| Vietnamese Aquaculture Farmers Find Going Tough
The export turnover of aqua products in 2012 is likely to reach US$6.8 billion, about US$200 million or 12 percent higher than the previous forecast.
However, the news is not all good for many farmers who can't get loans and have been forced to temporarily stop production, Vietnam News Agency reported.
The price of tra fish has also dropped and the price of feed risen in the same period.
According to Vu Van Tam, Deputy Minister of Agriculture and Rural Development (MARD), export turnover in 1991 was US$1.2 billion. In 2011 the figure had jumped to US$6.1 billion.
Tam said in June this year, Vietnam earned US$550 million from seafood exports. This brought export turnover for the first six months to a remarkable US$2.9 billion, an increase of 10.6 percent against the same period last year.
Nguyen Ngoc Oai, director general of the Department of Aqua Products Exploitation and Protection attributed the success to fishing units set up by fishermen.
"Since the new model was introduced last July, more than 2,400 fishing units have been established", said Oai.
However, the economic downturn in Europe has had a serious impact on Vietnamese aqua-product enterprises. The number of enterprises involved in export activities dropped 40 percent in the first six months.
In addition, the export price of a kilo of tra fish has dropped to 20,000 VND (US$0.95) from 22,000 VND (US$1.05).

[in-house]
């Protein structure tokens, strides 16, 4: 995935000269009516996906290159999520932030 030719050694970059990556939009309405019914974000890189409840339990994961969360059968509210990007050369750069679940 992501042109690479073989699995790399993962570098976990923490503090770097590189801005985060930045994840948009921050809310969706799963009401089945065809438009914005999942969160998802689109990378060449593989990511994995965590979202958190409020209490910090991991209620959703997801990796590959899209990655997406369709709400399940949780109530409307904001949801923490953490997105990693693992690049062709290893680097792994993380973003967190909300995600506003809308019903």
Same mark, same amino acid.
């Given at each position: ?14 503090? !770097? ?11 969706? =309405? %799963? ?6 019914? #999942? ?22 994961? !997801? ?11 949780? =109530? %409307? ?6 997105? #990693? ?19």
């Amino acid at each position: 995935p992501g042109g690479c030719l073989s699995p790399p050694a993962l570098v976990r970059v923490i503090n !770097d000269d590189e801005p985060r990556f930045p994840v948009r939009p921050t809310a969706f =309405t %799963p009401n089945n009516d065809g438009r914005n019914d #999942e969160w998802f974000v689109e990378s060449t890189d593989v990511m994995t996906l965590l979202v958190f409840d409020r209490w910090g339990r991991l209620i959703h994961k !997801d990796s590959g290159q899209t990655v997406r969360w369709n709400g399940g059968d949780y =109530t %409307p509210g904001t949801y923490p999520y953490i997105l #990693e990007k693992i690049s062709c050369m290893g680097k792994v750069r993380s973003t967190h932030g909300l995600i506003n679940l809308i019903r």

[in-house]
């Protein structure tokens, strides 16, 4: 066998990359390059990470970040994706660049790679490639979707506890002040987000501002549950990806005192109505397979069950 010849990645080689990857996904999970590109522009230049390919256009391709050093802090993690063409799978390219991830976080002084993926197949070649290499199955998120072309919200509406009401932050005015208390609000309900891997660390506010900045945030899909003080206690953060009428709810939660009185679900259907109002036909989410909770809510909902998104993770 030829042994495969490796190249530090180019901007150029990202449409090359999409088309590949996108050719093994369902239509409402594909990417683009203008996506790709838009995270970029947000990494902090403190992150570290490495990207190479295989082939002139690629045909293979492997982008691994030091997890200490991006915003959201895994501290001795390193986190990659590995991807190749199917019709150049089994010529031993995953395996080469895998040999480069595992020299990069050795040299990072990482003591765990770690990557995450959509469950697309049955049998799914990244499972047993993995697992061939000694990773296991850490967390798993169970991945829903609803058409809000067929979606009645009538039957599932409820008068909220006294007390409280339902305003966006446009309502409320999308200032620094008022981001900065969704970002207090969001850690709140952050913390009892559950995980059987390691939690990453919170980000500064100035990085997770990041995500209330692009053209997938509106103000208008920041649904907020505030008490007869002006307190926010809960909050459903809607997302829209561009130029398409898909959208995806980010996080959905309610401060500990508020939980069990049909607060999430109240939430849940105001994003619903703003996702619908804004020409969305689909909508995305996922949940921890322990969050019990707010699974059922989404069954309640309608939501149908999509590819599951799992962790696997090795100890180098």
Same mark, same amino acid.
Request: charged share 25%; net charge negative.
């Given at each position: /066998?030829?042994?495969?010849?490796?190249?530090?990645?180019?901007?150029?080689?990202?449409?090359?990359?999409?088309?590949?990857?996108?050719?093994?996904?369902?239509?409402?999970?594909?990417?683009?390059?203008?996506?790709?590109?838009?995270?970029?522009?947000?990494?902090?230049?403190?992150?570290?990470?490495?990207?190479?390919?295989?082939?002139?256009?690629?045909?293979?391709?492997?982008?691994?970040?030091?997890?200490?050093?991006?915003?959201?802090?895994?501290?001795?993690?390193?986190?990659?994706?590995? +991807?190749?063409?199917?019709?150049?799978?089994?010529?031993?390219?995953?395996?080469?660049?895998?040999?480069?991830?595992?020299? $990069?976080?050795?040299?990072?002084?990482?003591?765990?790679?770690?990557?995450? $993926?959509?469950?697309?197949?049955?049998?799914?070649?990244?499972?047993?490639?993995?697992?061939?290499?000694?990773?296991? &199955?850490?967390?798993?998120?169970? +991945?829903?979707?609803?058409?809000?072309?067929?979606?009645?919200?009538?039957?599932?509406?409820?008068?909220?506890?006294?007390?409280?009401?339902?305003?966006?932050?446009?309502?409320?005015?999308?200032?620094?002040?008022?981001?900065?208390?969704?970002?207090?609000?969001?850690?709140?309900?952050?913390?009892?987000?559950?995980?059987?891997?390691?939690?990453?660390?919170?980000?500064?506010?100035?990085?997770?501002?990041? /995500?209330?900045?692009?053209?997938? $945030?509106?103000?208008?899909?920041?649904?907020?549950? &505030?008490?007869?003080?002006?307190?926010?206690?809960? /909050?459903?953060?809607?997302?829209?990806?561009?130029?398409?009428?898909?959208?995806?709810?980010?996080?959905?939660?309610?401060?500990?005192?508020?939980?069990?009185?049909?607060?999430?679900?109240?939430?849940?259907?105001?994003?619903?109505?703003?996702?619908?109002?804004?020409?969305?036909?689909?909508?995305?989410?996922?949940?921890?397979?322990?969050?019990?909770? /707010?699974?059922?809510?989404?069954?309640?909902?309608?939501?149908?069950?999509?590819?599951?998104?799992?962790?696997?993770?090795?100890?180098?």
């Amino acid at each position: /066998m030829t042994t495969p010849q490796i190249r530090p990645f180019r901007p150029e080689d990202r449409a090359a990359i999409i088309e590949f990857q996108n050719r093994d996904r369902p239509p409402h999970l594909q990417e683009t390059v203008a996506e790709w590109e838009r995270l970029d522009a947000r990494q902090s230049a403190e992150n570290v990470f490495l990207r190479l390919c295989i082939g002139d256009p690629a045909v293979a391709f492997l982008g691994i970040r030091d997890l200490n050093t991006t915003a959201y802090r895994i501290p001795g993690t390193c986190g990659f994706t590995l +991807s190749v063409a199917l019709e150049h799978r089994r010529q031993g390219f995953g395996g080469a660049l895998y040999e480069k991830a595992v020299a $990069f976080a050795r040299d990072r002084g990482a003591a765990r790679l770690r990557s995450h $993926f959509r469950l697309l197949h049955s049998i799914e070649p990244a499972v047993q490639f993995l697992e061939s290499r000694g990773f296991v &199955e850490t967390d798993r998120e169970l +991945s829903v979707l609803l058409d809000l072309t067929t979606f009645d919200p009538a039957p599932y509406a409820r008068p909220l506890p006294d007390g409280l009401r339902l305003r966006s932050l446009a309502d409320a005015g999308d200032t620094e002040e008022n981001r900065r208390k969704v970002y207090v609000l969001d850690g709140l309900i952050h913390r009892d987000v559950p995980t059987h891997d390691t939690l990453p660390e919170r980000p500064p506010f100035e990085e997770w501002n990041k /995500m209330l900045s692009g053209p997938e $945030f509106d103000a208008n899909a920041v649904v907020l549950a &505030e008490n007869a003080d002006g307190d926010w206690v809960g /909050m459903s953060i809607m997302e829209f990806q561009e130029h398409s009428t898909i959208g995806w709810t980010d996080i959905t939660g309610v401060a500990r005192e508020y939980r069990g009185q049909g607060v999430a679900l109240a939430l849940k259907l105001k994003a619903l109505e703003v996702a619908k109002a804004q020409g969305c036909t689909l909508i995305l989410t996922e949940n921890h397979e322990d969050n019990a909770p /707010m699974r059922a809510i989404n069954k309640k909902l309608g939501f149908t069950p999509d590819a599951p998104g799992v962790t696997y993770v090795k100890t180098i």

Meanwhile the price of fish feed has increased by about 10 percent (23,000-25,000 VND/kg). This has cost farmers about 5,000 VND a kilo and forced up to 60 percent of households rearing tra fish in the Mekong Delta to temporarily stop production.
Duong Nghia Quoc, director of Dong Thap Province's Department of Agriculture and Rural Development, said part of the problem is a lack of capital investment.
"It is estimated that more than 80 percent of tra fish farmers need cash, but high interest rates and a shortage of loan has hampered them," Quoc said.
Due to the shortage of capital, many Vietnamese enterprises are forced to lower the selling price of tra fillet from US$3 to US$2.6, making survival difficult.
Nguyen Danh Hien, director of the Minh Phu Aqua Product Company in Kien Giang Province said he needed about 1 billion VND to raise one hectare of shrimps. However, he could only borrow up to 30 million VND because he didn't have much collateral.
When he approached a bank for credit, he was told shrimp raising was too risky and banks didn't want to loan money.
To help farmers overcome difficulties, the Vietnam Association of Seafood Exporters and Producers (VASEP) has asked the Government to urgently loan 4,400 billion VND (US$214.6 million) to tra fish farmers and 6,000 billion VND (US$293 million) to shrimp farmers.
VASEP wants the Government to levy an interest rate of less than 10 percent a year.
Deputy Minister Tam said MARD will do its best to attract more investment from the foreign direct investment (FDI) sector.
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